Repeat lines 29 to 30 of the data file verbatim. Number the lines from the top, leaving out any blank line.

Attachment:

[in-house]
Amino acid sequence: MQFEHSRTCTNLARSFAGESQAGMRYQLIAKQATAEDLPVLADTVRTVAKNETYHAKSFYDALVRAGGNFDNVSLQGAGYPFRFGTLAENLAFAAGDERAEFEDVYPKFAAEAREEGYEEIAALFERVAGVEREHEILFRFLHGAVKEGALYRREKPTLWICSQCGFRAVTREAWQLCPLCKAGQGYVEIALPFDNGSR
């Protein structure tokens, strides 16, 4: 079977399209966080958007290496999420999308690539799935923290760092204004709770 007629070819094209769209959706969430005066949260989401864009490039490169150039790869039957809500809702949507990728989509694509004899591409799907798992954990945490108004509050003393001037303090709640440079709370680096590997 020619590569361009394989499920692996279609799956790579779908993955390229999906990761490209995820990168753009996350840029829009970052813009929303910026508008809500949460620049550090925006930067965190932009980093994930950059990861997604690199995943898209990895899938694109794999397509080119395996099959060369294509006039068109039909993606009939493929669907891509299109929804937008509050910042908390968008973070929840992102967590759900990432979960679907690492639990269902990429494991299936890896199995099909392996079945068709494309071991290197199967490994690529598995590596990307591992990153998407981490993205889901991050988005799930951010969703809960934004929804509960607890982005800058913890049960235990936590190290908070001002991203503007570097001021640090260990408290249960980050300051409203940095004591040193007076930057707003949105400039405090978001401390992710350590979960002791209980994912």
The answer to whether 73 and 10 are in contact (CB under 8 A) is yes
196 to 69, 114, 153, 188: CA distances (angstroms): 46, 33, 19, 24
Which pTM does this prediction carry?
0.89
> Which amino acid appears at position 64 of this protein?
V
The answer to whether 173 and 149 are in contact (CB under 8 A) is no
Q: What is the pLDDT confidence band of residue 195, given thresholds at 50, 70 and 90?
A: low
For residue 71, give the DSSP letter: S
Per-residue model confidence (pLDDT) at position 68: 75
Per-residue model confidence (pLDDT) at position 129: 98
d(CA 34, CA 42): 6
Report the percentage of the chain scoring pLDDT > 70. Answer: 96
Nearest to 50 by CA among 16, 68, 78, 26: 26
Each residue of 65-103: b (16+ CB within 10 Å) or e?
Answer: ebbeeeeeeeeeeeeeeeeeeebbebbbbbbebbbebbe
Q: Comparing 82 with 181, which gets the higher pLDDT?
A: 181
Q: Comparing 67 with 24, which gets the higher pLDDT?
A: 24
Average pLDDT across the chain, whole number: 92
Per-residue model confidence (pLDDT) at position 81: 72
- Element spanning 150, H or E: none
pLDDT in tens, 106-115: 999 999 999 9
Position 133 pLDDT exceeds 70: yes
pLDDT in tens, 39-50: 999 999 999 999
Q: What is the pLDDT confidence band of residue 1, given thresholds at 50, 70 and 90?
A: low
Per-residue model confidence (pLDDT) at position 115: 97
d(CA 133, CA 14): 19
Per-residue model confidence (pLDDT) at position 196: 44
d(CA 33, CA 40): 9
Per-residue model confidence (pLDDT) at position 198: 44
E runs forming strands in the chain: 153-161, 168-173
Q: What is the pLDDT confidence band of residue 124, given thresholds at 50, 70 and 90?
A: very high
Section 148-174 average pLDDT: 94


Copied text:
Position 133 pLDDT exceeds 70: yes
pLDDT in tens, 39-50: 999 999 999 999